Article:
The Shipwreck That Saved Jamestown
The story of the naval disaster that changed American History.
Four hundred years ago, as European powers competed for dominance in the New World, England looked like the nation least likely to succeed. Spain had spent the 16th century extracting shiploads of gold from modern-day Mexico and Peru. Nations as small as the Netherlands and Portugal had a far stronger presence in the New World than did England.Skip to next paragraph
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As late as 1600, write history professors Lorri Glover and Daniel Blake Smith, “the English had still established no colonies in the Americas. In fact, they had failed in every Atlantic enterprise they had tried.”
The Shipwreck That Saved Jamestown, Glover and Smith’s well-researched account of England’s rocky early beginnings in America, effectively pieces together a largely untold and essential story about how close the British came to failure in the New World. In the end, Glover and Smith argue, it was the fate of a seemingly lost ship that finally turned the tide.
Glover and Smith begin with an account of England’s early disasters in the New World. Their Roanoke Island settlement was a particularly horrific example: The entire colony mysteriously disappeared, likely slaughtered by local Indians.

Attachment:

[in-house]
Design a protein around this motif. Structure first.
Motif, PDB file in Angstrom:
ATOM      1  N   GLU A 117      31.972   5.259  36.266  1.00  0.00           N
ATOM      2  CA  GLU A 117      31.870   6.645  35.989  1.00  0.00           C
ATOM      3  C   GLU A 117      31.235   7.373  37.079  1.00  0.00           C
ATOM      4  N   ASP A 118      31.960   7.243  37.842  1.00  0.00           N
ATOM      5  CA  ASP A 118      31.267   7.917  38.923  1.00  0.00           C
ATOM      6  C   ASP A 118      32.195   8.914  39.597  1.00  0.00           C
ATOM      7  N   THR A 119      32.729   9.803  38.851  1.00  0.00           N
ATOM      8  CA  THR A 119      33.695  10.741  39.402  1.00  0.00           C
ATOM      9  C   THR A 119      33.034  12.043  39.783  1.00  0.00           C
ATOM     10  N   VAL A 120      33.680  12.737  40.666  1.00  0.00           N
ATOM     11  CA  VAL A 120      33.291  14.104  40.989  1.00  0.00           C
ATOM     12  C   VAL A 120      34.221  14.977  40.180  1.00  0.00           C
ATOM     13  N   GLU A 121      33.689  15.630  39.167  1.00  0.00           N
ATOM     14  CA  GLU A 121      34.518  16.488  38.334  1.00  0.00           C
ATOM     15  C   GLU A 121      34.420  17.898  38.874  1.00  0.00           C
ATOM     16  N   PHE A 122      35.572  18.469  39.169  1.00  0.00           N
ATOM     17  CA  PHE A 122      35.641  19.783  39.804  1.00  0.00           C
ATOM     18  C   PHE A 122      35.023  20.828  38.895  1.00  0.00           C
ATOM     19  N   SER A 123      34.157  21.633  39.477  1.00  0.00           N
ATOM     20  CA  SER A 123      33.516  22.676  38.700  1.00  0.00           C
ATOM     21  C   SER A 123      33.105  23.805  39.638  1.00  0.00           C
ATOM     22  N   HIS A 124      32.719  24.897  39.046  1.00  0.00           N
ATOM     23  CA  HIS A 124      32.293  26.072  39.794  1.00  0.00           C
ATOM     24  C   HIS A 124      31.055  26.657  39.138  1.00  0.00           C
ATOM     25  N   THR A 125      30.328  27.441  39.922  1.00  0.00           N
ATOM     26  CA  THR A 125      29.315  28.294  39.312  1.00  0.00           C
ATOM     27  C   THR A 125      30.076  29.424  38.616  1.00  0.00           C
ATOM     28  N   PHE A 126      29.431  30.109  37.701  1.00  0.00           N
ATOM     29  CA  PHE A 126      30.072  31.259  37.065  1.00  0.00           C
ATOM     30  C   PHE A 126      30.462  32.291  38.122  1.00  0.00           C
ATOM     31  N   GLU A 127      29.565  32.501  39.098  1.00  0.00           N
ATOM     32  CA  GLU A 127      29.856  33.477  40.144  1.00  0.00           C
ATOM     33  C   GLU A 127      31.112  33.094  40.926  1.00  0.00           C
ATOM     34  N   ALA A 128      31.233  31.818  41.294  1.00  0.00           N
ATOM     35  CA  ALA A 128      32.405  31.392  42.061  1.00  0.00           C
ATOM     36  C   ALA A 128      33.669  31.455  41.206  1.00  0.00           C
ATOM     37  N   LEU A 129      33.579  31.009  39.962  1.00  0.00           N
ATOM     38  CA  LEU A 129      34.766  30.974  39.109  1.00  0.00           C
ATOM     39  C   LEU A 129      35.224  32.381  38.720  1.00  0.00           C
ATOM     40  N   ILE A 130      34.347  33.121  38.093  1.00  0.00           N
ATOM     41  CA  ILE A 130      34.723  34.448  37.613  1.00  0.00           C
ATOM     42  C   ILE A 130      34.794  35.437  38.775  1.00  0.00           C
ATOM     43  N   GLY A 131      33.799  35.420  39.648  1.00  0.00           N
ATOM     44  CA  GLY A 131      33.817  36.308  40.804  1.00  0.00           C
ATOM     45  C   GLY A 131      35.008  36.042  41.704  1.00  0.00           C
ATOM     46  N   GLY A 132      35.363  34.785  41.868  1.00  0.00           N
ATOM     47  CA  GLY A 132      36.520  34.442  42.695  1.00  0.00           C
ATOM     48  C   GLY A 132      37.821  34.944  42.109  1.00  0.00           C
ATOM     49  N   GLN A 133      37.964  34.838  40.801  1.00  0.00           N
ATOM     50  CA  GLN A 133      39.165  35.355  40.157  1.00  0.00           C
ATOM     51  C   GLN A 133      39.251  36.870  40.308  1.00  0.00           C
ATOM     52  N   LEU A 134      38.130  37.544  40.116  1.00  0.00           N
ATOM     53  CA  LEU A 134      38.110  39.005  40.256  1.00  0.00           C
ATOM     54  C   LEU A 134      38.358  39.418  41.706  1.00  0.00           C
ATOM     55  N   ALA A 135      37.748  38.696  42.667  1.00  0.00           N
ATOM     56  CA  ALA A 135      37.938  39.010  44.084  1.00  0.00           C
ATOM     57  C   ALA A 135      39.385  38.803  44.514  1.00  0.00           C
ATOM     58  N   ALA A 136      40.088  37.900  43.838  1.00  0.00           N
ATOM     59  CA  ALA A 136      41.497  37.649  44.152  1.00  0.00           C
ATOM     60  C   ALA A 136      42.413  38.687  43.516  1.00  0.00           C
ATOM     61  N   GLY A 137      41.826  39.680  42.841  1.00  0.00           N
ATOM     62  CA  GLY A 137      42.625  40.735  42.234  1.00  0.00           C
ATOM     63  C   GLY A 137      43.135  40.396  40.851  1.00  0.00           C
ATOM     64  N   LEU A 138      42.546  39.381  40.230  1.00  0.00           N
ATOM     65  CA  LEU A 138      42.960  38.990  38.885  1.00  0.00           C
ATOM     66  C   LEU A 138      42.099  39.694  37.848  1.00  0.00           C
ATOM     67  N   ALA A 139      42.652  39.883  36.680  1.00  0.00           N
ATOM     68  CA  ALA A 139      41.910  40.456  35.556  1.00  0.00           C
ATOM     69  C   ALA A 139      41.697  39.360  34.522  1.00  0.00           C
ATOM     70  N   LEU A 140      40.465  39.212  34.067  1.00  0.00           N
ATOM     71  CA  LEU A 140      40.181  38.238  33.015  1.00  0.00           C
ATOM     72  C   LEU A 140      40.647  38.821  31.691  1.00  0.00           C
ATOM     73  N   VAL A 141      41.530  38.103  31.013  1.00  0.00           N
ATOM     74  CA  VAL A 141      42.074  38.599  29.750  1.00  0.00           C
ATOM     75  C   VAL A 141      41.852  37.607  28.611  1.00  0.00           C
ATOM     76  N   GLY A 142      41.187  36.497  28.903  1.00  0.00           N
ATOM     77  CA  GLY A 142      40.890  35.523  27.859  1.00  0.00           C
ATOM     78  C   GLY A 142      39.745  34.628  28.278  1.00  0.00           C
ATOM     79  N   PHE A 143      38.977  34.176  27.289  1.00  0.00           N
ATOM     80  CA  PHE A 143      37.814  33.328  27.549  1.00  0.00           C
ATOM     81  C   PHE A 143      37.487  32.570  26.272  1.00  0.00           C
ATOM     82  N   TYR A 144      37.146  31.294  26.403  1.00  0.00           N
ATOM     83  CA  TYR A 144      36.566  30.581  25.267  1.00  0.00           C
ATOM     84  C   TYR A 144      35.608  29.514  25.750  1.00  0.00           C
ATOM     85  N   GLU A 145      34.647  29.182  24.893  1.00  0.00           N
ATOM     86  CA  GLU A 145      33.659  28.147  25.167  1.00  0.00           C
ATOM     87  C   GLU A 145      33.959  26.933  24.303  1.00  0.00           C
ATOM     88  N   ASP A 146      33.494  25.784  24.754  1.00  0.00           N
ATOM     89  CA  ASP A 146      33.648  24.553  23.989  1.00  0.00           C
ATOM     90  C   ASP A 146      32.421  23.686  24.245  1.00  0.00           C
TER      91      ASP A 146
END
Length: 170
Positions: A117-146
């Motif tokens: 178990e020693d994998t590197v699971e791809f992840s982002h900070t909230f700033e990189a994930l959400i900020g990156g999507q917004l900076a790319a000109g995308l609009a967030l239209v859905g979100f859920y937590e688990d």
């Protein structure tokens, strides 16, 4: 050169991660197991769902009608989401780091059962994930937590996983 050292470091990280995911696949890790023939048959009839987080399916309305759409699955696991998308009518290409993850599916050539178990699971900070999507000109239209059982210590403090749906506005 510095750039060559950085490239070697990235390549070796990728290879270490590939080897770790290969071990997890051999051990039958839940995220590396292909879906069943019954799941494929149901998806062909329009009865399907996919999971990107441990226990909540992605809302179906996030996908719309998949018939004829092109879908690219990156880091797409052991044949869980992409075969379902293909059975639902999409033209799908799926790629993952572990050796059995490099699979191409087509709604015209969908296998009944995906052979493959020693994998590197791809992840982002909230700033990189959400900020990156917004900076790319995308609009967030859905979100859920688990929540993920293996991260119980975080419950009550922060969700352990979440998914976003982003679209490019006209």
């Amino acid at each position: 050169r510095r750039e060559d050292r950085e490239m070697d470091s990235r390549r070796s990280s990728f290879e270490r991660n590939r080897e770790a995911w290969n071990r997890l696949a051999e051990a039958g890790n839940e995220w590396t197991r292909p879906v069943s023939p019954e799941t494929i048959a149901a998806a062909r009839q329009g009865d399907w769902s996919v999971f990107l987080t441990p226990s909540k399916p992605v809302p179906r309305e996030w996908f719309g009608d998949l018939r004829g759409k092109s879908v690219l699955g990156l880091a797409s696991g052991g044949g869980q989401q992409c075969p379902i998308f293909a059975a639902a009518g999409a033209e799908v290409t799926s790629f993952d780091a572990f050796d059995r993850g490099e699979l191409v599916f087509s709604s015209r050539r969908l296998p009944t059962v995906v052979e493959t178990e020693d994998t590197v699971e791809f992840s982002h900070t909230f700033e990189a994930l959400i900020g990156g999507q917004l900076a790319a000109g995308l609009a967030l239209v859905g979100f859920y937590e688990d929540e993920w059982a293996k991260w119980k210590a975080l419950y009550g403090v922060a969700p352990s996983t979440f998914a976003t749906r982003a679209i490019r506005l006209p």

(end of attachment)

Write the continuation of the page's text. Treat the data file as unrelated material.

Yet it was precisely such catastrophes that prevented Spain from viewing England as a serious rival in America. Although Spain had vast property rights in the New World granted by the Roman Catholic Church, England’s abysmal history of transatlantic failures caused the powerful Spanish to leave the English colonies alone rather than to attack or try to expel them.
The authors, both history professors, argue convincingly that Spain could have easily attacked the English settlement at Jamestown after it was established in 1607: “That Spain neither demanded an end to the Virginia Company ... [nor] destroyed the settlement once it was founded arguably turned out to be the greatest” gift England could have received.
Yet Jamestown nearly failed on its own anyway, due to bloody internal dissension, starvation, and relentless Indian attack, creating a public relations disaster for Jamestown and the London-based Virginia Company that funded it. Attracting new settlers to ship out to Virginia and finding investors back in England would depend upon the colony’s perceived success.